RicercAzione - Volume VII Numero 2
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With this special issue we intend to contribute to the debate on in service teacher education from a technical and scientific viewpoint, publishing a series of articles aiming to answer the following questions, among others::
– How can we plan teacher learning about quality profiles in teaching?
– Does any type of training activity favour a significant change in professional knowledge and therefore in teaching behaviour?
– Do these changes produce a significant impact on students’ educational and learning outcomes?
The publication pursues four main goals:
1. Offering international benchmarking elements that argue for the need to define a teacher quality profile, followed by accreditation practices for the teaching profession;
2. Providing political decision-makers, training coordinators and principals with a series of recommendations which guide the design of training activities, the choice of content and of in-service training methods;
3. Weighing the pros and cons of the two general strategies for in-service training (based on accountability duties and standards or on collective capacity building);
4. Discussing practices, systems and models for the assessment of training outcomes regarding the transfer of knowledge to the classroom and the impact on students.
This special issue contains thirteen articles, by scholars from different European countries (Italy, Austria and Germany) and different disciplines (Psychology, Sociology, Pedagogy, Economics, etc.). Moreover, there are at least three types of articles: literature reviews, good practice reviews and empirical papers.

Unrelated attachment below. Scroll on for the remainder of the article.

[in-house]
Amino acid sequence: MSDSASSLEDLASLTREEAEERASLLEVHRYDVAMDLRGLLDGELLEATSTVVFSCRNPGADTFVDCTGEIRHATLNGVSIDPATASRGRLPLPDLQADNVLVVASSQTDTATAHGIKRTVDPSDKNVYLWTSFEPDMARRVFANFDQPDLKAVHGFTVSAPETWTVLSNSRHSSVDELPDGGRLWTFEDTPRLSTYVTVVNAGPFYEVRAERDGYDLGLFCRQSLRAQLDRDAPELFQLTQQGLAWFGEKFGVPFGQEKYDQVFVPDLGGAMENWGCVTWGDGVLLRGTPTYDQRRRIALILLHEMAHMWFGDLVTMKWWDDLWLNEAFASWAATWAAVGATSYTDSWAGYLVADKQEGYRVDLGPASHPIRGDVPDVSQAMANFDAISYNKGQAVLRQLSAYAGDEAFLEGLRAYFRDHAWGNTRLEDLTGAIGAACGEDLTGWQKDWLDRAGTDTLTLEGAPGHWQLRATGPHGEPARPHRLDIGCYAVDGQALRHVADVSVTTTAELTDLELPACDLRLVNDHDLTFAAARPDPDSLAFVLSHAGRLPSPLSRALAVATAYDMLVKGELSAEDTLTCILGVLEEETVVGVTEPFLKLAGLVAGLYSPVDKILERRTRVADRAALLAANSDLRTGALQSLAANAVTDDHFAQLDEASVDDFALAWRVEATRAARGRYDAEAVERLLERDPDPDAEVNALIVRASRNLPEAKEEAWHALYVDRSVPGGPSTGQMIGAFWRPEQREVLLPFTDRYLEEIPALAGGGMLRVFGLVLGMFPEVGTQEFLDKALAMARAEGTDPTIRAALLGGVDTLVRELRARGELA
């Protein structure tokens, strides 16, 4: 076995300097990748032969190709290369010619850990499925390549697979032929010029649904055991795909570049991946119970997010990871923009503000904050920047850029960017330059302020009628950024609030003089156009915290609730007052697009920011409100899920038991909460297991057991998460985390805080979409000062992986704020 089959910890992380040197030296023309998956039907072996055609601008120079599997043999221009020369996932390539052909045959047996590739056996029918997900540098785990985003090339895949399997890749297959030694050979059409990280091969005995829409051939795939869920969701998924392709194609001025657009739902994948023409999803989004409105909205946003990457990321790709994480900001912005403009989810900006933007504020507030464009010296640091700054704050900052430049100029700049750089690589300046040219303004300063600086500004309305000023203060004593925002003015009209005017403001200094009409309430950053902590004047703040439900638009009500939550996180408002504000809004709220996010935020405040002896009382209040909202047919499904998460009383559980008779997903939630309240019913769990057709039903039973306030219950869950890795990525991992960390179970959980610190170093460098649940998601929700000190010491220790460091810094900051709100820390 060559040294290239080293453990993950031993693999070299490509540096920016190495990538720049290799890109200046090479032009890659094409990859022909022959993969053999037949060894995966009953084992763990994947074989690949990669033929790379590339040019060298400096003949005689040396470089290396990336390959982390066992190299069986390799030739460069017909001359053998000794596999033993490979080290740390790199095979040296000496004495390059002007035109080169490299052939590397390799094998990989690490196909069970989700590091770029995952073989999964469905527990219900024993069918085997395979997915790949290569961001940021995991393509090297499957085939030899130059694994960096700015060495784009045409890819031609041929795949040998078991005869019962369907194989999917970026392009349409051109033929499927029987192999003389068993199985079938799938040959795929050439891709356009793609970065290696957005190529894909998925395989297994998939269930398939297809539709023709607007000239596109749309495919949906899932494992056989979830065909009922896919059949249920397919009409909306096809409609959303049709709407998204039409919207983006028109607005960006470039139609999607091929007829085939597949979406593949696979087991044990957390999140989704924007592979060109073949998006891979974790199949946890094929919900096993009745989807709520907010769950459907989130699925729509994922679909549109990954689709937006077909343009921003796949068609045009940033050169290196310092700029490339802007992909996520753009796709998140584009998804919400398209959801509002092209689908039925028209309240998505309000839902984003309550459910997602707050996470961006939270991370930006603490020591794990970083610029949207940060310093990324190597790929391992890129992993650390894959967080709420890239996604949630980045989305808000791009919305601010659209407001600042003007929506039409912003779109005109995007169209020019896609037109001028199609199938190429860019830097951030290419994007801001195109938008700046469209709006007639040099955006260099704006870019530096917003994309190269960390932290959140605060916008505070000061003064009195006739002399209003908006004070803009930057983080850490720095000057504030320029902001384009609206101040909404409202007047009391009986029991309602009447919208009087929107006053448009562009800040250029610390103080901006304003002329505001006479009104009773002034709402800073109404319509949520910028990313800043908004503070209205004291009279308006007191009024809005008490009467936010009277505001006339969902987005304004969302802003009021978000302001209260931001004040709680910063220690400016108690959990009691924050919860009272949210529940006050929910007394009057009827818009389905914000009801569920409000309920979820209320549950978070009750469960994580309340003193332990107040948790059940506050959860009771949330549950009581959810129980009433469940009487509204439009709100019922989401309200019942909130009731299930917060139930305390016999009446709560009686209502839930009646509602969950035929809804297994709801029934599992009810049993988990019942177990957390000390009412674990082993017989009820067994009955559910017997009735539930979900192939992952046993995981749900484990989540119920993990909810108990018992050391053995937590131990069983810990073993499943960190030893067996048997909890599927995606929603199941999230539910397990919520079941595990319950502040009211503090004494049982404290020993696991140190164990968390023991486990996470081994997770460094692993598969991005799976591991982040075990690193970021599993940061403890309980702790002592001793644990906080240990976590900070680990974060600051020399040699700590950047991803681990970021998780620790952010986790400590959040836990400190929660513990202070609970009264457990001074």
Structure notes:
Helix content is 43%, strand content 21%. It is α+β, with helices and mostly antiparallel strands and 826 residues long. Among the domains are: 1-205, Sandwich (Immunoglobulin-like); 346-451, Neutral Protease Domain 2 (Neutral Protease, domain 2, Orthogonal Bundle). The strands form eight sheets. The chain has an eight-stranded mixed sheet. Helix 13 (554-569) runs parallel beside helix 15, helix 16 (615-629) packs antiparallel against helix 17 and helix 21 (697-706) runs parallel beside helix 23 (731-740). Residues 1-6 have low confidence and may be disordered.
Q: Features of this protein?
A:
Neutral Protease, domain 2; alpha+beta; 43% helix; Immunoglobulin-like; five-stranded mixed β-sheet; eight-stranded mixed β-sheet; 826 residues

The articles collected in this volume throw light on various aspects of teacher development, but do not answer all the questions initially posed. Various forms of in-service training and, more recently, (continuous) professional development have been employed by different providers to make headway in terms of school improvement, yet we still know little about the effects these changes have on the outcome of student education and learning. In a review of in-service training, Timperley et al. (2007) deal with the major challenge of revealing “the black box recording professional learning opportunities for teachers and results that have a positive impact on student outcome” (p. 7). However, their findings show that little is known about how teachers utilise the special skills developed during professional learning opportunities or the consequential impact of these on teaching practices. The findings of the articles collected together in this volume could therefore contribute to a better understanding of in-service training, through which teachers, school managers and policy makers can individually and collectively create the conditions for teachers to reveal the ‘black box’ recording the link between professional learning and student learning in the classroom.
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